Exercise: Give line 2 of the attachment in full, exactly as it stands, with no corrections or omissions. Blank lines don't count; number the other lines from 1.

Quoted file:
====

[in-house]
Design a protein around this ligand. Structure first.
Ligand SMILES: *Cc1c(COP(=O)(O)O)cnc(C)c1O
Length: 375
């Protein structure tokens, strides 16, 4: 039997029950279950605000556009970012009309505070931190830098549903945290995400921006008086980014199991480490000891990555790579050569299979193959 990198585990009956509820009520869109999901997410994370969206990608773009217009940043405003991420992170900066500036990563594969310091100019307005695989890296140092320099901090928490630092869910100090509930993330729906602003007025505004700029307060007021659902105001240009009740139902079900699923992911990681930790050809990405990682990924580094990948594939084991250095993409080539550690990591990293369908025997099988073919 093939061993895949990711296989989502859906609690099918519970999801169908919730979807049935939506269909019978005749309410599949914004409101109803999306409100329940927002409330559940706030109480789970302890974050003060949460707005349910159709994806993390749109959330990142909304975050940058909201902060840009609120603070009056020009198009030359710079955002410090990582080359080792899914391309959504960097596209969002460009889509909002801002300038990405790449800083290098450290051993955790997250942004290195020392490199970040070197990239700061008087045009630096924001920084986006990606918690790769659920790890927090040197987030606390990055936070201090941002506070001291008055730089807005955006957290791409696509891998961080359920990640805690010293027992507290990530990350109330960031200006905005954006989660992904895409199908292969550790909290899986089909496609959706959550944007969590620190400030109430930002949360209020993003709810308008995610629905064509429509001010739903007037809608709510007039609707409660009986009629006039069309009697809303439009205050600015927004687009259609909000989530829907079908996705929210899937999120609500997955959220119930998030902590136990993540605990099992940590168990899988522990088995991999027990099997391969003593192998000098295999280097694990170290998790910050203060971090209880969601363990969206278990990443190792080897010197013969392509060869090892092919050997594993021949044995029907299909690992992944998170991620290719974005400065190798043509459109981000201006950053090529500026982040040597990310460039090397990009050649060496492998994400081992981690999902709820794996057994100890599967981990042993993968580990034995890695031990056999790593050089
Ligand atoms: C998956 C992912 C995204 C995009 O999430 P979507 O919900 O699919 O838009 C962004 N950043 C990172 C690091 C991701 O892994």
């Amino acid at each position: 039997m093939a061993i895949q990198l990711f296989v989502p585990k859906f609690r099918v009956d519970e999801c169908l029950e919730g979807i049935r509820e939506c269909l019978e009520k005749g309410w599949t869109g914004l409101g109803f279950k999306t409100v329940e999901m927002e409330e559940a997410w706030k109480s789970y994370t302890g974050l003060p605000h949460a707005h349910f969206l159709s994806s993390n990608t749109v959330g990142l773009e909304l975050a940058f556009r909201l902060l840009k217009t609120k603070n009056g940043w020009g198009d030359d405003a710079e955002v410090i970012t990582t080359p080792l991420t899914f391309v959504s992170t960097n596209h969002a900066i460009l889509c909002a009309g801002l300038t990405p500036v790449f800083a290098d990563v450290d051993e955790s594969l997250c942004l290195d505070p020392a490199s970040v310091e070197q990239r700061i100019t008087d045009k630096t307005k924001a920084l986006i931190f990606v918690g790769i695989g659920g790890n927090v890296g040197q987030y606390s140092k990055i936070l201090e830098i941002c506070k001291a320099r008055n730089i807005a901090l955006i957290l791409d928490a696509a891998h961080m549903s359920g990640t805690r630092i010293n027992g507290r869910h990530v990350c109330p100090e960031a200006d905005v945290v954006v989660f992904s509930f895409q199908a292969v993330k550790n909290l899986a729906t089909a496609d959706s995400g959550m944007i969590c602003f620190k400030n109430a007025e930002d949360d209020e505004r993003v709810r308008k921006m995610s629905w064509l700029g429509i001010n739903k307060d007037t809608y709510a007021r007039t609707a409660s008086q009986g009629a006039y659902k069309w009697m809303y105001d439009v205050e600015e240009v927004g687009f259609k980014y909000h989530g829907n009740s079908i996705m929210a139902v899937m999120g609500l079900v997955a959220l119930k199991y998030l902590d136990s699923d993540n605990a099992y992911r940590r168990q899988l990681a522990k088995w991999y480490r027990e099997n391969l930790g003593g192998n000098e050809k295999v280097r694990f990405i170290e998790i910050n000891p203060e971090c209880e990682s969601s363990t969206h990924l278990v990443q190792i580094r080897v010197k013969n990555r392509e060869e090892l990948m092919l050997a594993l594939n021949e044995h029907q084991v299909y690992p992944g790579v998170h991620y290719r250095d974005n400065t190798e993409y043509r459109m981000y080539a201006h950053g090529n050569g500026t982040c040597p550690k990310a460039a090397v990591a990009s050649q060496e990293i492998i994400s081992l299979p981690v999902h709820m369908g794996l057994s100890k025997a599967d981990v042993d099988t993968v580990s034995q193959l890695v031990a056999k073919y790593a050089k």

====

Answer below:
Design a protein around this ligand. Structure first.